Don’t limit flap disc to the common metals. Flap discs can also be used across various surfaces, including aluminum, wood, concrete, engineered stone, granite and more. For each of these applications, whether you’re grinding or finishing, make sure you choose the right flap disc. Remember, conical shaped flap discs are great for stock removal and flat flap discs are best for finishing.

Flap disc backing material is important as it provides support during operation. Use metal backings for concrete or engineered stones, and use fiberglass or plastic backings for most metal or wood jobs. Also consider your abrasive grit material, and choose your grit size to achieve the desired results. For common grinding, use abrasives with lower grit numbers. For smooth finishing, use higher grit sizes.

Using a flap disc instead of a traditional tool can greatly enhance the quality of your job. You can also benefit from lower noise and vibration. Flap discs can lead you to a world of new applications, while helping you achieve new levels of efficiency and effectiveness.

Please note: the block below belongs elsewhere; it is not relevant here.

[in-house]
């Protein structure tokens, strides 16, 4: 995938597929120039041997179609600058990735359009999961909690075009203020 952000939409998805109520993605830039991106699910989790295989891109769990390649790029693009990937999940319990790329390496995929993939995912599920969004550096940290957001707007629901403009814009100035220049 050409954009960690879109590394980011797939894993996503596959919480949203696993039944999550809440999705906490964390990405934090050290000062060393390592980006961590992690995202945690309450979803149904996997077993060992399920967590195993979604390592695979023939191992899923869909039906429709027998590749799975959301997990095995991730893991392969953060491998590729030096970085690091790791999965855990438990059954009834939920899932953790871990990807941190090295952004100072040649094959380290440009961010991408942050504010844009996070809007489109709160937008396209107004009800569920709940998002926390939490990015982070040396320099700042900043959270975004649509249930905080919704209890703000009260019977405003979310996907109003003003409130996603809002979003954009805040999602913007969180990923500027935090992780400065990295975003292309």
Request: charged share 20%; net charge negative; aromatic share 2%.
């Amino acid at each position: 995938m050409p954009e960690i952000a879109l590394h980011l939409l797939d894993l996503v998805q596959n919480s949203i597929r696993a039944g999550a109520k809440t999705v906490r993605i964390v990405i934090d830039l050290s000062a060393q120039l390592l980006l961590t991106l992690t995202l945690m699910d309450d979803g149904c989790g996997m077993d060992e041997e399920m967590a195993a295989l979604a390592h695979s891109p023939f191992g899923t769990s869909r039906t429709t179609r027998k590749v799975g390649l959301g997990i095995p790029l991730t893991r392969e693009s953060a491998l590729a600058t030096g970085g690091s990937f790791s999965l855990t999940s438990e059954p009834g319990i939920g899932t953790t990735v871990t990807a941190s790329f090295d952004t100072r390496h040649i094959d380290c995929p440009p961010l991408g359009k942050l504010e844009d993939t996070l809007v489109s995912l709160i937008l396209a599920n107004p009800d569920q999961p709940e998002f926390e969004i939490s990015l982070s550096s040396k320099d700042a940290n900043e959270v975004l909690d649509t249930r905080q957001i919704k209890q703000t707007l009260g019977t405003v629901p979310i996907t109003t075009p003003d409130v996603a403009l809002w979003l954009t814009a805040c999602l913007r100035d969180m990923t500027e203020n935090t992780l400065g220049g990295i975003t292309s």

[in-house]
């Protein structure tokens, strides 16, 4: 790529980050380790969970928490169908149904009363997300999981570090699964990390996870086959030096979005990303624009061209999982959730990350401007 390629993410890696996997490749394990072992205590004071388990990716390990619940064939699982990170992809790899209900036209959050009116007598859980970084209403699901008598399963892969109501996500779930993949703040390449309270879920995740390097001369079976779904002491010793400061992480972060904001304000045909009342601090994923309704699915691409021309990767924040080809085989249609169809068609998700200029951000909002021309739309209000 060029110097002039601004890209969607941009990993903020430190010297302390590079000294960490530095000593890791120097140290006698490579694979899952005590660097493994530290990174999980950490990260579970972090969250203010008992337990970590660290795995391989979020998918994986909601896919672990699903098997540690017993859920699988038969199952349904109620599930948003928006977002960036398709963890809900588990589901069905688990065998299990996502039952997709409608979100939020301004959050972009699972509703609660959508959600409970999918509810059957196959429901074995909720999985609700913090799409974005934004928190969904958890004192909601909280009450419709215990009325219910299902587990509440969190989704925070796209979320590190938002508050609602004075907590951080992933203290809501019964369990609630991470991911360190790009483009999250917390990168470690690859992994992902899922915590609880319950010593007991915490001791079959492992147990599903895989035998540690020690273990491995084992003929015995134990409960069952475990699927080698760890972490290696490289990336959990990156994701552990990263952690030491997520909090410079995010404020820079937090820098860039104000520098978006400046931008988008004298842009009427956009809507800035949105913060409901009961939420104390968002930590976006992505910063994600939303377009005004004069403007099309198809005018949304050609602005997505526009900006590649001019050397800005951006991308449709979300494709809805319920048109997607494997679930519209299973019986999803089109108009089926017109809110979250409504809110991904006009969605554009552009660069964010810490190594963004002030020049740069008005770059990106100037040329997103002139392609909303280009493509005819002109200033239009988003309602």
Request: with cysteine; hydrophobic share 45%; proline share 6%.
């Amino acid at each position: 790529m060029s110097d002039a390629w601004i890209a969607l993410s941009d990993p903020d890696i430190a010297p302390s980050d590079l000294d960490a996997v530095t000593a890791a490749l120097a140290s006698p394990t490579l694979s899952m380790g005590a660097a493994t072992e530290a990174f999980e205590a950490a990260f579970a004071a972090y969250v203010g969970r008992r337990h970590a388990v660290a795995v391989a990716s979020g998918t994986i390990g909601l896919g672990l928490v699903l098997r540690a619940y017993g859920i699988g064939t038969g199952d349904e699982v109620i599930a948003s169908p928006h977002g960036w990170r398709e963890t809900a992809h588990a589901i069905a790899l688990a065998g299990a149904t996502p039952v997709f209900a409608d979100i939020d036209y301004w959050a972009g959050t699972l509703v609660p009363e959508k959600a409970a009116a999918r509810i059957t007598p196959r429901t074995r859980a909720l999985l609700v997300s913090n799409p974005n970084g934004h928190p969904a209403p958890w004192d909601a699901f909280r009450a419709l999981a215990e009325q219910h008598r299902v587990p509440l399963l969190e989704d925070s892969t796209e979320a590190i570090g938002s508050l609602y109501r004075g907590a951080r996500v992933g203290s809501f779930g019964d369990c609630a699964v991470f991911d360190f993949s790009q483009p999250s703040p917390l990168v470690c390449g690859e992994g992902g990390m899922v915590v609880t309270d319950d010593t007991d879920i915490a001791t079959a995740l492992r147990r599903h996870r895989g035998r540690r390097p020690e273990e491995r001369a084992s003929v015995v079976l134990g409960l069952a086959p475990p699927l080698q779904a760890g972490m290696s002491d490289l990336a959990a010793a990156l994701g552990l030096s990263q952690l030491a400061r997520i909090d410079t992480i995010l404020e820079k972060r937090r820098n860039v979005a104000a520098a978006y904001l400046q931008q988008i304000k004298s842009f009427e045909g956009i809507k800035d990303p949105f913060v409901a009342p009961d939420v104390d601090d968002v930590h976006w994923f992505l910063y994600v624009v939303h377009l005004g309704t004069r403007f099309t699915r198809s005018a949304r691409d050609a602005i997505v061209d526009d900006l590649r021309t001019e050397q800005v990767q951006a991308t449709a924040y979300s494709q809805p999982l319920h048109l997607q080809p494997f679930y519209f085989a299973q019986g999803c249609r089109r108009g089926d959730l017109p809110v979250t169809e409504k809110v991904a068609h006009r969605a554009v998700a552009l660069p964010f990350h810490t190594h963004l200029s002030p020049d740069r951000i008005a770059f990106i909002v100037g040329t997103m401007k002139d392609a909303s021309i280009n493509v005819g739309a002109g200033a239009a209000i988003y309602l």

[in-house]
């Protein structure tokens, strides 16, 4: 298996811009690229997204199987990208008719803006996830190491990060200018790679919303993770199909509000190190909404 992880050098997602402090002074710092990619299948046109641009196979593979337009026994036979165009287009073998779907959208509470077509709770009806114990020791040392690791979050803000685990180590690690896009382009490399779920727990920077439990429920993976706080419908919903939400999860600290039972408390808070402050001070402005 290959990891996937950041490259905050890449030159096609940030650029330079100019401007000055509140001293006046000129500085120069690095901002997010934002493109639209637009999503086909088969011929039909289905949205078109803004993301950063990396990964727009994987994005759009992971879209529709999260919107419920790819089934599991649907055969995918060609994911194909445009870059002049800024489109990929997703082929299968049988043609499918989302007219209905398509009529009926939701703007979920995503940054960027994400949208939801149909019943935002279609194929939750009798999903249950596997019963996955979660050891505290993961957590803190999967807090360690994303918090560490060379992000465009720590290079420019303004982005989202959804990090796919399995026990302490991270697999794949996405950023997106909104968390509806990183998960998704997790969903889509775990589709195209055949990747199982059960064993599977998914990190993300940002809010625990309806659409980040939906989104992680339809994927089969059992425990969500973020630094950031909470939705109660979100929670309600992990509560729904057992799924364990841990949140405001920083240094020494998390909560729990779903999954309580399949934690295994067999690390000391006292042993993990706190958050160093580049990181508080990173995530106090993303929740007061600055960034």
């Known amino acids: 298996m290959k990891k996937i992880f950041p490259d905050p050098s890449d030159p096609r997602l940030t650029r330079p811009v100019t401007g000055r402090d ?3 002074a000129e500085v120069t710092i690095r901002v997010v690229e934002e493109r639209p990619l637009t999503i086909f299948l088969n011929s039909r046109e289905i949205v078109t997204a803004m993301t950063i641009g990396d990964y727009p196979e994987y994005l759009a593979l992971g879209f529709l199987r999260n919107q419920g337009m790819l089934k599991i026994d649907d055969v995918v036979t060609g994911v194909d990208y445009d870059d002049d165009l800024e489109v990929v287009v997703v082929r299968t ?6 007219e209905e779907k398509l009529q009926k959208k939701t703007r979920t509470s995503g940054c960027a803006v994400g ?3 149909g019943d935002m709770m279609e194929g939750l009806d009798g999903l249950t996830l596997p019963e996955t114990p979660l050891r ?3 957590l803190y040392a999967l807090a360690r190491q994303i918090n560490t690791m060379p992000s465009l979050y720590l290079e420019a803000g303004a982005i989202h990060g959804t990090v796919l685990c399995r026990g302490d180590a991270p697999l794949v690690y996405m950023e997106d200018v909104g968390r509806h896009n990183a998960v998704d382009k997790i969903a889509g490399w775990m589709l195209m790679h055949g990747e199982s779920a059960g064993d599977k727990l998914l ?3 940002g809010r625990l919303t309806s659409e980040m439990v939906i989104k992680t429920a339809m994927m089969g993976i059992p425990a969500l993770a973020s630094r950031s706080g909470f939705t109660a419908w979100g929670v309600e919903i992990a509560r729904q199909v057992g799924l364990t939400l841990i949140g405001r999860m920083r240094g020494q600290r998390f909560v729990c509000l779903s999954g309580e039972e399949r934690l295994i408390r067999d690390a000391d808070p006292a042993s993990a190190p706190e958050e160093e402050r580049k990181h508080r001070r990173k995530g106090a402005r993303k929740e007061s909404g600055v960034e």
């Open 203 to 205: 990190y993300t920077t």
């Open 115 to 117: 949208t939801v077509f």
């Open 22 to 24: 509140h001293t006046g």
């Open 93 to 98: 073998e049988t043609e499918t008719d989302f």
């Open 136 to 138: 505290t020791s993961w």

Purchasing Your Flap Discs

When it comes to purchasing flap discs, you have plenty of options. However, a reputable company that cares about you and your project will help you experience a better result. You should also feel comfortable asking for samples when you’re trying new tools like a flap disc.

National Abrasives, Inc. has a large variety of tools, accessories and supplies to meet your immediate needs and your needs in the future. We’re a family owned company that offers same-day shipping and discounted pricing for bulk orders. Browse our large selection of brand-name flap discs, including Walter Abrasives flap discs, along with angle and bench grinder tools and accessories. If you have any questions, our team can guide you to the right tool for your specific job. Contact us today to get started!

Learn More About Abrasives & Flap Discs

 

*Updated: February 20, 2020